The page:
Operation Motherhood: Avoiding Global Meltdown
Sometimes being a mom is like a never ending clandestine operation. I don’t mean how we moms pretty much know everything going on all the time or the old saying about eyes in the back of our heads (but that is true). Rather, it is that when we have major successes most people outside our “profession” will probably not notice or even have any idea about our hard work, but when we have failures it seems like the whole world is a witness to the mess. For example, if I were to walk through Target with my three wild animals behaving like exactly that, there would be people all the way on the other side of the store talking about what a disaster we are (they’d probably be right). However, if my boys are behaving like sweet angels, we could make it through the whole store without much more than a brief glance from other shoppers. And of course it would be against standard operating procedures for me to walk around pointing out to every person we pass what an incredible job my well-trained off-spring are doing and that everyone is enjoying a peaceful shopping trip because of me. They would just think that’s how children should behave, obviously. But this world is full of lots of “shoulds” that are actually quite a struggle… adults should be able to disagree about things without resorting to insults or violence, we should be able to feed all the children of the world, and, perhaps most importantly, I should be able to pee without an audience. These are all still a work-in-progress, just like the behavior of children in public.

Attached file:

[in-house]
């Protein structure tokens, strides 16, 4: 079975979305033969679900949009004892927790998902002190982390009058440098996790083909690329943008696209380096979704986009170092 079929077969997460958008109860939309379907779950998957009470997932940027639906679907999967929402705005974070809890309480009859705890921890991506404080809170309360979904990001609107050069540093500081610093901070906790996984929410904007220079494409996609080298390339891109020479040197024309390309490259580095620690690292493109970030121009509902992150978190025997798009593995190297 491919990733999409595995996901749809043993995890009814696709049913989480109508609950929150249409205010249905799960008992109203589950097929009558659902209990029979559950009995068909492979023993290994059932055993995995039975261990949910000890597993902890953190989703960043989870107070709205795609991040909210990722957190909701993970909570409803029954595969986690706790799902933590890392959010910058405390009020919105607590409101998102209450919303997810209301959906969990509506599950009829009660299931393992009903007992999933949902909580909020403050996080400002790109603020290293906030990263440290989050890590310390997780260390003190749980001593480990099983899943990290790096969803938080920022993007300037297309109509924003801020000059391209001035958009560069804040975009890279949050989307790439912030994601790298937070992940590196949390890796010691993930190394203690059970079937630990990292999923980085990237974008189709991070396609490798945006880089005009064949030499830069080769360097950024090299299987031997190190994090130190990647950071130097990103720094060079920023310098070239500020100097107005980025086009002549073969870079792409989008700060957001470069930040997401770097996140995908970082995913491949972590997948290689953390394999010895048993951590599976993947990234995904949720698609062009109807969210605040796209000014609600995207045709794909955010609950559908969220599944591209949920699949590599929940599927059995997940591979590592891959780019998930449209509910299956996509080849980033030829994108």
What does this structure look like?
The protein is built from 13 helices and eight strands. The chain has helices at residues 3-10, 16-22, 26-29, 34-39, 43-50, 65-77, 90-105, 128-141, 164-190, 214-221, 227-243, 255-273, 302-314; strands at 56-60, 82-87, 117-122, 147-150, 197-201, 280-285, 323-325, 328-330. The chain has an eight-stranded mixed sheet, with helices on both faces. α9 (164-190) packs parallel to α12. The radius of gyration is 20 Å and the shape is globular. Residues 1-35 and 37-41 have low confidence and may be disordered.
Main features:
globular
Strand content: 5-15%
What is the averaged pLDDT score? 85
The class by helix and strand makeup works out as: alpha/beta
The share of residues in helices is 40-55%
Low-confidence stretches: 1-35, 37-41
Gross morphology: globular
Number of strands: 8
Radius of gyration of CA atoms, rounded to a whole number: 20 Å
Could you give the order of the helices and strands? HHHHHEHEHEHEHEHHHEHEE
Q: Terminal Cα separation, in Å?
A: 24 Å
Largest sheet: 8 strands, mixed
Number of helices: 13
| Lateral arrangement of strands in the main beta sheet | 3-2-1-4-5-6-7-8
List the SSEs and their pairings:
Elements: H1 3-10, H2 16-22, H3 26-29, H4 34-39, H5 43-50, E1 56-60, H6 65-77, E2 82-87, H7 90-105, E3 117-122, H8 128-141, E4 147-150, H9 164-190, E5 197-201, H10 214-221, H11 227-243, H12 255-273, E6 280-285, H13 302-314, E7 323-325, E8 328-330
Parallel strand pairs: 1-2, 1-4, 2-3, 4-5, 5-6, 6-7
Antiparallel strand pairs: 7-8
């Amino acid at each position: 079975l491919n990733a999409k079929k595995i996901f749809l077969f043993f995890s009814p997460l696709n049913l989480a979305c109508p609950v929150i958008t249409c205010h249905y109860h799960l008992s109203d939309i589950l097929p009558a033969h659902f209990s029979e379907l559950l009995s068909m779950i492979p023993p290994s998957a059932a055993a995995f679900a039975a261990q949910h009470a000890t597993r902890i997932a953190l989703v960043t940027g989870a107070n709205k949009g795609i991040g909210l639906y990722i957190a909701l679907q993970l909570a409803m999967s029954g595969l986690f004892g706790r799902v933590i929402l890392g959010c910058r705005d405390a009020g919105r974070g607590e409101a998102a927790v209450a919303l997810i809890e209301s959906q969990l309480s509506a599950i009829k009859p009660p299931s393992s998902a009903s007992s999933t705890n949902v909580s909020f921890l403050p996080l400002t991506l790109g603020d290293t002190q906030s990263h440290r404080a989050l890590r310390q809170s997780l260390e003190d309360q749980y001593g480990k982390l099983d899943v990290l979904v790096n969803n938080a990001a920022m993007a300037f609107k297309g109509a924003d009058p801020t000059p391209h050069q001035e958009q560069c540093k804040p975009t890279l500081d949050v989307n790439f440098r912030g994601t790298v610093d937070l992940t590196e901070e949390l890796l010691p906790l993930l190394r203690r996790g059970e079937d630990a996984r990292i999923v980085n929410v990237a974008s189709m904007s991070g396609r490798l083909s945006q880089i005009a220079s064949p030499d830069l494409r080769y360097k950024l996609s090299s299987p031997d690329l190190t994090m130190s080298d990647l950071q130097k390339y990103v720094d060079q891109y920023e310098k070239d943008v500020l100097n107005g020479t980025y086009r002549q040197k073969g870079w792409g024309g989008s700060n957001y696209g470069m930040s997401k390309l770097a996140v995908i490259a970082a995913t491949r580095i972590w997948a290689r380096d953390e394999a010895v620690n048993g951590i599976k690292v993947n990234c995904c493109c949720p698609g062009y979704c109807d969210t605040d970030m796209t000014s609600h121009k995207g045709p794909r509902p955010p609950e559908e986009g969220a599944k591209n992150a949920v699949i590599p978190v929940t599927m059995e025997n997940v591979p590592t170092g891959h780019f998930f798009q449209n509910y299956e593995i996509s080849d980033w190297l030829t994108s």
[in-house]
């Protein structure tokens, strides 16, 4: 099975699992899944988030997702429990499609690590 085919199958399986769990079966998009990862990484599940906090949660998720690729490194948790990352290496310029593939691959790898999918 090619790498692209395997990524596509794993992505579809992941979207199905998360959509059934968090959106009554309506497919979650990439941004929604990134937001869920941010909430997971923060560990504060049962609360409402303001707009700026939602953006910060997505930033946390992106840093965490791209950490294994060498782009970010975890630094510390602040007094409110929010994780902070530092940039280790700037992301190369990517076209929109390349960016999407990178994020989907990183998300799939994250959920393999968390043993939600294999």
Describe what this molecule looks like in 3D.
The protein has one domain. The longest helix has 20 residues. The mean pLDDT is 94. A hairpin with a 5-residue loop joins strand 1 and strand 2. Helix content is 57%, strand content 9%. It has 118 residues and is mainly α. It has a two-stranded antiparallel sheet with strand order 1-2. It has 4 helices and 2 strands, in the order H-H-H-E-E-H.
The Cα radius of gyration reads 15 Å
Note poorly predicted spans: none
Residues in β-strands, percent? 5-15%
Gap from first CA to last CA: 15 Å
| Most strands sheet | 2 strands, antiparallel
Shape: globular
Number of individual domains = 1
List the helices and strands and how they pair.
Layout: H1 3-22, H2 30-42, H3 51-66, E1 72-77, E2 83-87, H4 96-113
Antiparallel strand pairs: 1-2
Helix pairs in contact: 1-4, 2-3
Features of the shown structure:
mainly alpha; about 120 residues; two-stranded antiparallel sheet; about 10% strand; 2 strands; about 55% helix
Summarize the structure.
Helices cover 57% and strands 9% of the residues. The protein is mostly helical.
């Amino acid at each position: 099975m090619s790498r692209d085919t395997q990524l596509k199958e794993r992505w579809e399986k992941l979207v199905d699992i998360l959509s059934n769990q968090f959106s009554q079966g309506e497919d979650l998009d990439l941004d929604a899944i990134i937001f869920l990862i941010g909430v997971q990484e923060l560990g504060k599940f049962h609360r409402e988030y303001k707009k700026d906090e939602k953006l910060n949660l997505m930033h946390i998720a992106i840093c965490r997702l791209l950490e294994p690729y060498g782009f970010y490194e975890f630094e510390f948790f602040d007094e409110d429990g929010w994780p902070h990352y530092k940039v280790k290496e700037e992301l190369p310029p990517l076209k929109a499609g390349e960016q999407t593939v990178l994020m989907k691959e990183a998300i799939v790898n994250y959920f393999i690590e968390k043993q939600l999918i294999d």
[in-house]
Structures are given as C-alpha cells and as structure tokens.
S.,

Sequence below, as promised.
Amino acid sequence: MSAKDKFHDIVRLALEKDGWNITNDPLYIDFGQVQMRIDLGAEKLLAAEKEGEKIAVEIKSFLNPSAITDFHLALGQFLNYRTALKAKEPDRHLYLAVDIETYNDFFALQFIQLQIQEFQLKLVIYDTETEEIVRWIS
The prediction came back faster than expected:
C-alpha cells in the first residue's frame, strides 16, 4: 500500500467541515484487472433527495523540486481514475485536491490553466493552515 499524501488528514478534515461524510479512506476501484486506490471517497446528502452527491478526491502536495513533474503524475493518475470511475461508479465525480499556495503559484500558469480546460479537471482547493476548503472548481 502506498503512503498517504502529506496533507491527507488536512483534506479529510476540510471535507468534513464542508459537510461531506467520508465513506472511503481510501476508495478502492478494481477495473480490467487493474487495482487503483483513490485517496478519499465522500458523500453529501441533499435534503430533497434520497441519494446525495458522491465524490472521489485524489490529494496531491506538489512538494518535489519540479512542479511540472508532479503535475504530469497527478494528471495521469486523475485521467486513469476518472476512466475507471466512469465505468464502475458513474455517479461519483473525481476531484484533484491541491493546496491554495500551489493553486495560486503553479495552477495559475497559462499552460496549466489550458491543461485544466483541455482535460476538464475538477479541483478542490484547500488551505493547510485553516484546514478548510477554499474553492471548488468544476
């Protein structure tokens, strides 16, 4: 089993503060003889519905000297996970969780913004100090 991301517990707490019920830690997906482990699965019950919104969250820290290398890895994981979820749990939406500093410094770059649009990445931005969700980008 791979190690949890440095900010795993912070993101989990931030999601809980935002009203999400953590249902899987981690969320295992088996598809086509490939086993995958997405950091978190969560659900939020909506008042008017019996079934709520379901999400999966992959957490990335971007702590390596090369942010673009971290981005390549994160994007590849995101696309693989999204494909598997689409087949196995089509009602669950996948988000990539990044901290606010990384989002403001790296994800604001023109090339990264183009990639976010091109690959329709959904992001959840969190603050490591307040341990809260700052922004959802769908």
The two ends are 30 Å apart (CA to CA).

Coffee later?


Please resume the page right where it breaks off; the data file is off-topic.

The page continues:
The same is true for the state of our households… a fellow mom might notice when she comes over that it is vacuumed and even dusted (occasionally), just like MI6 might notice how the CIA has managed to keep certain undesirables — like crumbs, dirt, leaves, rocks, and trash — out of the US. But a visitor without children would just walk in thinking the high level of cleanliness is no big deal and is how the house always looks. However, should that same visitor come over right after lunch and in the middle of a playroom holy war, there would likely be some not-so-subtle passive aggressive comments about the amount of crumbs and toys covering the floor and the “failure” would surely be the type of news that makes headlines. But there is only so much one person can do when it seems like there are so many (albeit tiny) people working against you. So, not unlike our tireless intelligence community, we moms try to recover from (and even cover-up) our so-called failures as quickly and effectively as possible, knowing full well they will probably happen again because, just like world peace, children are a work in progress. You can only bask in the glory of your successes alone or over a glass of wine with your fellow moms at book club, just like I’m certain old spies get together in dark corners of tiny cafes and talk about that one time in Moscow when they all helped avert a global meltdown. Occasionally the outside world might get a glimpse of what good work you do… like when you kill Osama bin Laden or when an older woman, semi-retired from the mom game, comes over to you at a restaurant and tells you how nice your children are (because a retired spy can still read the news and pick out a successful operation) and then the table next to you thinks “oh yeah, I didn’t even know they were here.” That’s motherhood, when things are going well, no one has any idea there is an operation happening right under their noses… but when things go to hell in a hand-basket the headlines read “Global Meltdown!” and it’s your face is on the cover.